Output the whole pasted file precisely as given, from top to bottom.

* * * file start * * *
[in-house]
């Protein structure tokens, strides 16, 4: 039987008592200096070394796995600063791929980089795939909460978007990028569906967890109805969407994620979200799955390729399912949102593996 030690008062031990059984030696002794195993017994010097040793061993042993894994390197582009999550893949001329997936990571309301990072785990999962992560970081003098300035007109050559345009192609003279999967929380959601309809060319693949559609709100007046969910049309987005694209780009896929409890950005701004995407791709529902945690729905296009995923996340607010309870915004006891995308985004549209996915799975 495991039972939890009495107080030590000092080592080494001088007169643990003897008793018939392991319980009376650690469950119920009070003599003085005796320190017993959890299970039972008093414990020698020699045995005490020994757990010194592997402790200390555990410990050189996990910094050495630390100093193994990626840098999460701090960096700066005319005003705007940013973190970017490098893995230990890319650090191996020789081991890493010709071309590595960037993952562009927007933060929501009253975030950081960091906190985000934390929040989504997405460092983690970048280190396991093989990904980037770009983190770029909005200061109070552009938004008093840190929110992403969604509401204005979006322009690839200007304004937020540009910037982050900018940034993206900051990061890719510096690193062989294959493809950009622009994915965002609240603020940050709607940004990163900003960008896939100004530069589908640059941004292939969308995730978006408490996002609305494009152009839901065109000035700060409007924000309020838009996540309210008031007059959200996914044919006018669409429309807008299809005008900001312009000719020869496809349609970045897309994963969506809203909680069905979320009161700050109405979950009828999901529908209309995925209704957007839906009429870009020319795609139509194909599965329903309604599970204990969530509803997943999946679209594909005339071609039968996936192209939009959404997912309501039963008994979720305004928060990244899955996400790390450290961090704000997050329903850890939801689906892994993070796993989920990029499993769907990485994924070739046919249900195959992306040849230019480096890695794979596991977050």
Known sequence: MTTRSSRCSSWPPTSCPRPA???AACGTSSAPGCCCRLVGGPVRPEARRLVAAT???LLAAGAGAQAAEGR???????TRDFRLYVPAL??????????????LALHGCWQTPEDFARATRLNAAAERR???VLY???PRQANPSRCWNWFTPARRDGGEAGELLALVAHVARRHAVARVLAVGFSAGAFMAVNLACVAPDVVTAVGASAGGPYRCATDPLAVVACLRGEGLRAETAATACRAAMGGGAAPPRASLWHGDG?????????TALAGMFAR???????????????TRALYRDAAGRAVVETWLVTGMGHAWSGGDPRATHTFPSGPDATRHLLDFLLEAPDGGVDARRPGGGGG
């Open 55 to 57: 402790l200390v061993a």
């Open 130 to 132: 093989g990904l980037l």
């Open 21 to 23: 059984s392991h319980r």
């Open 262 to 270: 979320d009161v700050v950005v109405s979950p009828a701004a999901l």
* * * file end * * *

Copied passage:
[in-house]
């Protein structure tokens, strides 16, 4: 039987008592200096070394796995600063791929980089795939909460978007990028569906967890109805969407994620979200799955390729399912949102593996 030690008062031990059984030696002794195993017994010097040793061993042993894994390197582009999550893949001329997936990571309301990072785990999962992560970081003098300035007109050559345009192609003279999967929380959601309809060319693949559609709100007046969910049309987005694209780009896929409890950005701004995407791709529902945690729905296009995923996340607010309870915004006891995308985004549209996915799975 495991039972939890009495107080030590000092080592080494001088007169643990003897008793018939392991319980009376650690469950119920009070003599003085005796320190017993959890299970039972008093414990020698020699045995005490020994757990010194592997402790200390555990410990050189996990910094050495630390100093193994990626840098999460701090960096700066005319005003705007940013973190970017490098893995230990890319650090191996020789081991890493010709071309590595960037993952562009927007933060929501009253975030950081960091906190985000934390929040989504997405460092983690970048280190396991093989990904980037770009983190770029909005200061109070552009938004008093840190929110992403969604509401204005979006322009690839200007304004937020540009910037982050900018940034993206900051990061890719510096690193062989294959493809950009622009994915965002609240603020940050709607940004990163900003960008896939100004530069589908640059941004292939969308995730978006408490996002609305494009152009839901065109000035700060409007924000309020838009996540309210008031007059959200996914044919006018669409429309807008299809005008900001312009000719020869496809349609970045897309994963969506809203909680069905979320009161700050109405979950009828999901529908209309995925209704957007839906009429870009020319795609139509194909599965329903309604599970204990969530509803997943999946679209594909005339071609039968996936192209939009959404997912309501039963008994979720305004928060990244899955996400790390450290961090704000997050329903850890939801689906892994993070796993989920990029499993769907990485994924070739046919249900195959992306040849230019480096890695794979596991977050």
Known sequence: MTTRSSRCSSWPPTSCPRPA???AACGTSSAPGCCCRLVGGPVRPEARRLVAAT???LLAAGAGAQAAEGR???????TRDFRLYVPAL??????????????LALHGCWQTPEDFARATRLNAAAERR???VLY???PRQANPSRCWNWFTPARRDGGEAGELLALVAHVARRHAVARVLAVGFSAGAFMAVNLACVAPDVVTAVGASAGGPYRCATDPLAVVACLRGEGLRAETAATACRAAMGGGAAPPRASLWHGDG?????????TALAGMFAR???????????????TRALYRDAAGRAVVETWLVTGMGHAWSGGDPRATHTFPSGPDATRHLLDFLLEAPDGGVDARRPGGGGG
């Open 55 to 57: 402790l200390v061993a």
């Open 130 to 132: 093989g990904l980037l």
């Open 21 to 23: 059984s392991h319980r």
């Open 262 to 270: 979320d009161v700050v950005v109405s979950p009828a701004a999901l």